Last week we wrote about the value of setting goals, about how a goal creates a gap that our minds are programmed to close , either forward or backward, depending upon how strong the picture is. This is why change can sometimes be difficult, because the new picture of where we want to be isn't as strong as the need to maintain current reality which is in our comfort zone.
In order to move forward, to reach goals that we have set for ourselves, we need to make the future picture (our vision) of what we want more inviting, more attractive, more necessary than staying in our current reality. This is easier than it sounds, because of two things innate in human beings. We have the ability to use forethought, or looking forward, and to use our imaginations. In other words, we can look ahead and dream of a future. No other creature on earth has these two abilities.
When we set a goal and therefore create that gap we wrote about last week, energy and creativity are unleashed in our minds. Those dreams of the future cause ideas and energy to close the gap , and we are tremendously creative creatures. We can dream of just about anything, and make those dreams become reality.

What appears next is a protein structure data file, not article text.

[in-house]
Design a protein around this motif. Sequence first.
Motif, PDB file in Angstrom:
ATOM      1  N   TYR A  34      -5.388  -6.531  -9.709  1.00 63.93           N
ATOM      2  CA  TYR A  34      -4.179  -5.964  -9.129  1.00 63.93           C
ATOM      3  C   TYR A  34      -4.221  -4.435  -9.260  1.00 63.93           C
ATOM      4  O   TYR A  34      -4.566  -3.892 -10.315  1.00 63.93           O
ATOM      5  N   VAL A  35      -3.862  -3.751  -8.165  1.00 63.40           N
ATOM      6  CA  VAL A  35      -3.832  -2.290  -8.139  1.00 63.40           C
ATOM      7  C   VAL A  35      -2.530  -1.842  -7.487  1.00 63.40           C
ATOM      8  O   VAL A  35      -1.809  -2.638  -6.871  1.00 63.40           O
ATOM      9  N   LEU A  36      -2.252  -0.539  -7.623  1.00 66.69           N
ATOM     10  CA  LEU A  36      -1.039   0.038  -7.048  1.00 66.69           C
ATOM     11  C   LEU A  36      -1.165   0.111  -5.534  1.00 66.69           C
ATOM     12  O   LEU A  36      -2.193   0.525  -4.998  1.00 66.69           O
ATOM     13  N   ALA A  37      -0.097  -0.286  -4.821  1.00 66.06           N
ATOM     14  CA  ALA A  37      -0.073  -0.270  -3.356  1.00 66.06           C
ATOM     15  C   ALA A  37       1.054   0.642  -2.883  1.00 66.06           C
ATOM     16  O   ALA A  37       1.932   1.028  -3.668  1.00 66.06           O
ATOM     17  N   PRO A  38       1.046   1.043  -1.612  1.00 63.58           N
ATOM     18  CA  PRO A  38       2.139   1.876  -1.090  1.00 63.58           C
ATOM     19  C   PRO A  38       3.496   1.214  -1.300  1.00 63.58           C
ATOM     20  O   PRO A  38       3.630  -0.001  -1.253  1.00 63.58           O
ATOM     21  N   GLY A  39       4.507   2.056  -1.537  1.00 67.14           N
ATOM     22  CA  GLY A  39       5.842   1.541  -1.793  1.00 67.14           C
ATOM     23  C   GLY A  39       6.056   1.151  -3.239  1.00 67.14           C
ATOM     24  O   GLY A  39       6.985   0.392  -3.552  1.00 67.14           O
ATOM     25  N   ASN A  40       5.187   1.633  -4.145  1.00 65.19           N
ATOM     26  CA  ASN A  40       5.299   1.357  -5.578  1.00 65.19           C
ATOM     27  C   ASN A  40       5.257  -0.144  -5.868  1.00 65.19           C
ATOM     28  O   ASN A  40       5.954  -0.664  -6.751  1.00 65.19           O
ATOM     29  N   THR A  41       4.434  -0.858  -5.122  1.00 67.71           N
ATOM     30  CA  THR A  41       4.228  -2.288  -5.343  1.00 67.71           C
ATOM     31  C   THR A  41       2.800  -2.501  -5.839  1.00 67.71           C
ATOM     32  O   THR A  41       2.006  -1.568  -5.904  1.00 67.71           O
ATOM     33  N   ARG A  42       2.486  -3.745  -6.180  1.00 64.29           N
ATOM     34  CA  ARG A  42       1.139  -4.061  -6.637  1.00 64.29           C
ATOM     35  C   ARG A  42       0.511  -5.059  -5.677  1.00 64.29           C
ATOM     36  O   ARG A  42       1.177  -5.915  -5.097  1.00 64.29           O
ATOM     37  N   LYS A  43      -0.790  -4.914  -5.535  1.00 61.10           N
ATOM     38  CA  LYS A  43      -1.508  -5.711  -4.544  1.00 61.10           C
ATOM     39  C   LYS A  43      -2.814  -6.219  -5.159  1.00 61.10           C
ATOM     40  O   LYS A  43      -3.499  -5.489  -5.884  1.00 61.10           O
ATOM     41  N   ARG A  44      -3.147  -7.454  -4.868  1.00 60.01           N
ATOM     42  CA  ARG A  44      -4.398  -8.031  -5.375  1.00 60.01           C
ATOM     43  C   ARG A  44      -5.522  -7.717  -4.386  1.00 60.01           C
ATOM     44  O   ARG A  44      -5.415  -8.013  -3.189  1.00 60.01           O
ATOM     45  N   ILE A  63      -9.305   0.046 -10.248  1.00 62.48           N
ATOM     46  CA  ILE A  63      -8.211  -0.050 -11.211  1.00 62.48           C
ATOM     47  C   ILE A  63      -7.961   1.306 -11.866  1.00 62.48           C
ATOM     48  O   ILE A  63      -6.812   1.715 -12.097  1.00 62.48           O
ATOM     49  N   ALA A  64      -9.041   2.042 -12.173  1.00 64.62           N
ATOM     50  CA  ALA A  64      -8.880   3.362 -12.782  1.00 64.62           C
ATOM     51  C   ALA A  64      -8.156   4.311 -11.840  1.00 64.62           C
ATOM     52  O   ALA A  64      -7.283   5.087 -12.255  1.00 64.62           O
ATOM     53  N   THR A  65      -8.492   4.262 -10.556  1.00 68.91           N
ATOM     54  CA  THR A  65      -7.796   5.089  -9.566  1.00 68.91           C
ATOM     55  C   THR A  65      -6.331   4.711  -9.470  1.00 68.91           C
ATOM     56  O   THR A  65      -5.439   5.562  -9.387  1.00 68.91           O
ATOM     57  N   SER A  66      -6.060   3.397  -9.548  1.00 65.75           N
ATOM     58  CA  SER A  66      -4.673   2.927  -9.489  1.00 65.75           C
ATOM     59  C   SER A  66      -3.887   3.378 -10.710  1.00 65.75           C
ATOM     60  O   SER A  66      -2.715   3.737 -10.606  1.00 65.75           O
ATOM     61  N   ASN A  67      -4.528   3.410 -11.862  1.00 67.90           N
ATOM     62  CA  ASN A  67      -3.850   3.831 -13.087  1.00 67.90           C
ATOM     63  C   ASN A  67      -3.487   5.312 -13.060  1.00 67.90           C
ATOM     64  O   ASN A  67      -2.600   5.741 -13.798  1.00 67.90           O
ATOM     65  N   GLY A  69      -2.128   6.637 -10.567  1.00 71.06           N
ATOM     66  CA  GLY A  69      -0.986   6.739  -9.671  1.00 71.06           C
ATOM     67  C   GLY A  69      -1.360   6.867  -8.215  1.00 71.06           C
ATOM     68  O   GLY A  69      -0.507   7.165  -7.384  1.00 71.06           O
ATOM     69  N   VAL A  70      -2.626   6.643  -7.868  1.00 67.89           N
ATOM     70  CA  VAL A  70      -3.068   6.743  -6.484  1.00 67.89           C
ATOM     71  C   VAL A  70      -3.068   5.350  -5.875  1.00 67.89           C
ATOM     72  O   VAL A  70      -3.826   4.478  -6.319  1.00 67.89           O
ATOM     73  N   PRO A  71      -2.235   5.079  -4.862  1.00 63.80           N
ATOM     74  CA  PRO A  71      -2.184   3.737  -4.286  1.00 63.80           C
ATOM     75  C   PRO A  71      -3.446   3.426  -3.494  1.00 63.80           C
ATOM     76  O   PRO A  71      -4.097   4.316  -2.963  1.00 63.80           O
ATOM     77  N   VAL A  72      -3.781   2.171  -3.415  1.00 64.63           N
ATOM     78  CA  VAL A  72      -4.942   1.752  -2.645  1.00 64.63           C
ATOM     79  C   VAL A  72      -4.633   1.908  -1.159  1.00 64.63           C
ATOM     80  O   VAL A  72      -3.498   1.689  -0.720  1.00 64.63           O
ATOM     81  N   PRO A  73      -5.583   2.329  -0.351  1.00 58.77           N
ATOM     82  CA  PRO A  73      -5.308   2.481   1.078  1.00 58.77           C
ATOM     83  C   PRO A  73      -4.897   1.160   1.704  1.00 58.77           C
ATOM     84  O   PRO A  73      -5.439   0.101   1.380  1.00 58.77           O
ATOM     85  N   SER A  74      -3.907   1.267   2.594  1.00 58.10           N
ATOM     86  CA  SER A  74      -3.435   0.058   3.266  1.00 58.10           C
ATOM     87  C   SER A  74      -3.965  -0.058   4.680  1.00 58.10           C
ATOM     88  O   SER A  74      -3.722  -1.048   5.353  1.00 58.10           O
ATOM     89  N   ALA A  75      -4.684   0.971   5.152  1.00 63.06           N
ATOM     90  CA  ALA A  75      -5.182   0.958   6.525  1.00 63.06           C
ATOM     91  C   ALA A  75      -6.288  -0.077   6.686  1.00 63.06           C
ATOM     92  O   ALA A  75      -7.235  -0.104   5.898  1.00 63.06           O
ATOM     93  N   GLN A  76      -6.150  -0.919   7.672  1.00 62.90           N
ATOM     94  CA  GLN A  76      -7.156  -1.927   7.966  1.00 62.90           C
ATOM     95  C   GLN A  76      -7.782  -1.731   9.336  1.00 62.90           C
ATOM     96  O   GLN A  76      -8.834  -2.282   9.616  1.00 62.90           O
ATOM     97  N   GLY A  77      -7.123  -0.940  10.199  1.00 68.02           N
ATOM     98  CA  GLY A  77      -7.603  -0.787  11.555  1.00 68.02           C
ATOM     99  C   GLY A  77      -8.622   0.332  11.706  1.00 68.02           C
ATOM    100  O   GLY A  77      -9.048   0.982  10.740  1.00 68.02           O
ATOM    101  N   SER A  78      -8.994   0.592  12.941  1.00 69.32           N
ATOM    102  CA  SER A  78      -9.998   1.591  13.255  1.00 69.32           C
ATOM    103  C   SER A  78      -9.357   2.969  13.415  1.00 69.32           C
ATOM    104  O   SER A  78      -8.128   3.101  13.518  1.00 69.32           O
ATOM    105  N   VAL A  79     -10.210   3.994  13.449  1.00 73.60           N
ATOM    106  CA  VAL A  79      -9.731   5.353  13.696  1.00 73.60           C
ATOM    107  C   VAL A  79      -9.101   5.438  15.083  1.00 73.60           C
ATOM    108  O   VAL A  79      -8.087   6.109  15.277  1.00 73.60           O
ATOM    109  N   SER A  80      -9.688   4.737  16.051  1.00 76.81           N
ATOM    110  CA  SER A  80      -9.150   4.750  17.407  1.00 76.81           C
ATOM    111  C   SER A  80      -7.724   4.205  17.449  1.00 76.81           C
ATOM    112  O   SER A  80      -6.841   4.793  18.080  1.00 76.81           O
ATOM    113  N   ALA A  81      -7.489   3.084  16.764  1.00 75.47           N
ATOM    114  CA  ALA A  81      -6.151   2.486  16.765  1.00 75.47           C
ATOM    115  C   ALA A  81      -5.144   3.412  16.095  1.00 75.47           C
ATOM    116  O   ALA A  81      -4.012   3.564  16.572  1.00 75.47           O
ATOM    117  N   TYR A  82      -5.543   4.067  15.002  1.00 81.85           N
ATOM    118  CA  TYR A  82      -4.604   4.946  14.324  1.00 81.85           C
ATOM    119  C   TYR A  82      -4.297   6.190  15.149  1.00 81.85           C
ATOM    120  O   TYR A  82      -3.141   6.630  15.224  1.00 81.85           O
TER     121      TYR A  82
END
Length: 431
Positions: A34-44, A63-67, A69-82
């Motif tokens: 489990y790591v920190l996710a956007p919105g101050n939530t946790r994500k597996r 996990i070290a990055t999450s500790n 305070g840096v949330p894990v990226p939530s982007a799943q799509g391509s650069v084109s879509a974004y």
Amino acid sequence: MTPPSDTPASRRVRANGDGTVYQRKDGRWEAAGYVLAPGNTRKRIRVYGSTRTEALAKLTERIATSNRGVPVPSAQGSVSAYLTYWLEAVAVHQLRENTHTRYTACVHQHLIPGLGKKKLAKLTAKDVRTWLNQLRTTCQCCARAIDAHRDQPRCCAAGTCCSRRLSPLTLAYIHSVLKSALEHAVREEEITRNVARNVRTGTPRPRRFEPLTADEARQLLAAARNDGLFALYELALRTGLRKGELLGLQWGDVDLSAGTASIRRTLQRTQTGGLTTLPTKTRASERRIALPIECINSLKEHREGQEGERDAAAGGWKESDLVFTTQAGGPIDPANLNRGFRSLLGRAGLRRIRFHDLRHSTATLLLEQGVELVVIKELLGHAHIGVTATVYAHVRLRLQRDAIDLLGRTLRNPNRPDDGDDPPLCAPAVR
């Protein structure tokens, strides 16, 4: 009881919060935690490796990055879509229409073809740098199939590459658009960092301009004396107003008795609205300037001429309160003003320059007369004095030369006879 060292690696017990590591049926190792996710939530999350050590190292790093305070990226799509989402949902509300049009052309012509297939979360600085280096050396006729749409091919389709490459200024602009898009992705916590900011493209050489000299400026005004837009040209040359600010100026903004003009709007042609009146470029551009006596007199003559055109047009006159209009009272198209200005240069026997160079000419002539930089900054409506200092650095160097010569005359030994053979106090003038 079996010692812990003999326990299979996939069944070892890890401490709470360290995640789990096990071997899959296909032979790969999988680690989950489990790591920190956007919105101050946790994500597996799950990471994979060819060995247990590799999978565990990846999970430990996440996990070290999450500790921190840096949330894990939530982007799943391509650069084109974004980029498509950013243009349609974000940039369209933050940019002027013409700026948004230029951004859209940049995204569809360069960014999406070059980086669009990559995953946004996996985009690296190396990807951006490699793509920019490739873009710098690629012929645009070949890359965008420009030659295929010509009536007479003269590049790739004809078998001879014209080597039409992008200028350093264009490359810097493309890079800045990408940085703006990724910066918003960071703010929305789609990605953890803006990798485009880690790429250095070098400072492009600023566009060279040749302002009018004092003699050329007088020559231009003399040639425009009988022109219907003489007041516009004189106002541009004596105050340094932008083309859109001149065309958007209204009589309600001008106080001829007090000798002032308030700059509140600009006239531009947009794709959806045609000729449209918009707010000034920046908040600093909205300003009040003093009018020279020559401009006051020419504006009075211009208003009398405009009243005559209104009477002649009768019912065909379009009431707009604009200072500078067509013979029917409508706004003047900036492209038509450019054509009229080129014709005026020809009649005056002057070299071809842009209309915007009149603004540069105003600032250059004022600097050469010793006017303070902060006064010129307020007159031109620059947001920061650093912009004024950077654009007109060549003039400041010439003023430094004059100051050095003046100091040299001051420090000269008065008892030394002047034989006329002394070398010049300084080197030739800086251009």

There is a danger, however, in achieving our goal (or vision). As we near completion of a goal or dream, we no longer need the same energy and creativity. Drive and ideas also decline and ultimately disappear. We have closed the gap, and creativity is no longer needed. Effectively, we shut down. We're done! We compare where we wanted to be (the goal) with where we are (our current reality), and it is the same place, the same answer.
Comparing our current selves with how we used to be virtually has the same effect as reaching a goal. The danger of becoming self-satisfied is great – and it is not a positive way to look at ourselves and our world. It’s more productive to keep asking ourselves, “Where do we want to be? Where do we need to grow to solve our challenges?” We need to keep creating those gaps between where we are and where we want to be.
However, take some time to celebrate successes, no matter how small. Goal achievement is a time for a little celebration. Each of us deserves a pat on the back for a job well done. It’s fine to take some time to take some time to celebrate achievements, but understand that we are doing this by intent and not by neglect.
After the BCS National Championship college football game in which Alabama beat Notre Dame, Nick Saban (Alabama’s coach), who has led his team to national championships in three of the last four years, said that he’d take 48 hours to enjoy the moment but then start working on 2013. The goal? Win another national championship! Success in achieving a goal doesn’t mean we should stop dreaming.
We have the capability to create a positive future for ourselves and others. Don’t allow yourself to shut down, and put your growth on hold regardless of what has happened. Focus your creativity and energies into moving forward toward the future and your vision of success.